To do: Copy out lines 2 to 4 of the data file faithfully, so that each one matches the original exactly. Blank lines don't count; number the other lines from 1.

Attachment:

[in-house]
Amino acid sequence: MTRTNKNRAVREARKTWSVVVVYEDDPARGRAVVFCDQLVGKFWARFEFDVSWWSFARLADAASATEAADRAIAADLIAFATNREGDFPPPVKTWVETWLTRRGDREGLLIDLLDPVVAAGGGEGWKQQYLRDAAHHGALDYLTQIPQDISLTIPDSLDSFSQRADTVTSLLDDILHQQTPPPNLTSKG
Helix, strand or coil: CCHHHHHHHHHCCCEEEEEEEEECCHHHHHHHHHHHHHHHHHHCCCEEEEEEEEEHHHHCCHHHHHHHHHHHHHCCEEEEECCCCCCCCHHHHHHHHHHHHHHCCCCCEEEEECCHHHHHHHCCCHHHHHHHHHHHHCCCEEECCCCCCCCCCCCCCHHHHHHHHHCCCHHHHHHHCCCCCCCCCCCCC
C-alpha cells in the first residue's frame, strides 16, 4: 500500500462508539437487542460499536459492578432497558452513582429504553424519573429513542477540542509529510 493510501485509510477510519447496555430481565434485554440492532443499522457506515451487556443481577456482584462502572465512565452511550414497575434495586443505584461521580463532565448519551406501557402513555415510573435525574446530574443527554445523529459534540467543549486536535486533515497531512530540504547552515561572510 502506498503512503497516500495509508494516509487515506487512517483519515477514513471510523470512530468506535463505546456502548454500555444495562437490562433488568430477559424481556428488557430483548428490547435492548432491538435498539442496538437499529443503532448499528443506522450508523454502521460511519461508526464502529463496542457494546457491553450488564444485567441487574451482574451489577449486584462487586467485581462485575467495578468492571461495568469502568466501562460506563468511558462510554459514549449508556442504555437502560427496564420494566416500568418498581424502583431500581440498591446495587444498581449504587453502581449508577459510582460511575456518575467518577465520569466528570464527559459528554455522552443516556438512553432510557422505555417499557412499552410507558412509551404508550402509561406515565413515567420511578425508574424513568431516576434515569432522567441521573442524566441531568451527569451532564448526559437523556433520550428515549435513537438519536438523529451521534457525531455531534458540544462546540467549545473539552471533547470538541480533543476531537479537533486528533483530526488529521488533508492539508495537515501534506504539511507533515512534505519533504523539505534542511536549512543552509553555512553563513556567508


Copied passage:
Amino acid sequence: MTRTNKNRAVREARKTWSVVVVYEDDPARGRAVVFCDQLVGKFWARFEFDVSWWSFARLADAASATEAADRAIAADLIAFATNREGDFPPPVKTWVETWLTRRGDREGLLIDLLDPVVAAGGGEGWKQQYLRDAAHHGALDYLTQIPQDISLTIPDSLDSFSQRADTVTSLLDDILHQQTPPPNLTSKG
Helix, strand or coil: CCHHHHHHHHHCCCEEEEEEEEECCHHHHHHHHHHHHHHHHHHCCCEEEEEEEEEHHHHCCHHHHHHHHHHHHHCCEEEEECCCCCCCCHHHHHHHHHHHHHHCCCCCEEEEECCHHHHHHHCCCHHHHHHHHHHHHCCCEEECCCCCCCCCCCCCCHHHHHHHHHCCCHHHHHHHCCCCCCCCCCCCC
C-alpha cells in the first residue's frame, strides 16, 4: 500500500462508539437487542460499536459492578432497558452513582429504553424519573429513542477540542509529510 493510501485509510477510519447496555430481565434485554440492532443499522457506515451487556443481577456482584462502572465512565452511550414497575434495586443505584461521580463532565448519551406501557402513555415510573435525574446530574443527554445523529459534540467543549486536535486533515497531512530540504547552515561572510 502506498503512503497516500495509508494516509487515506487512517483519515477514513471510523470512530468506535463505546456502548454500555444495562437490562433488568430477559424481556428488557430483548428490547435492548432491538435498539442496538437499529443503532448499528443506522450508523454502521460511519461508526464502529463496542457494546457491553450488564444485567441487574451482574451489577449486584462487586467485581462485575467495578468492571461495568469502568466501562460506563468511558462510554459514549449508556442504555437502560427496564420494566416500568418498581424502583431500581440498591446495587444498581449504587453502581449508577459510582460511575456518575467518577465520569466528570464527559459528554455522552443516556438512553432510557422505555417499557412499552410507558412509551404508550402509561406515565413515567420511578425508574424513568431516576434515569432522567441521573442524566441531568451527569451532564448526559437523556433520550428515549435513537438519536438523529451521534457525531455531534458540544462546540467549545473539552471533547470538541480533543476531537479537533486528533483530526488529521488533508492539508495537515501534506504539511507533515512534505519533504523539505534542511536549512543552509553555512553563513556567508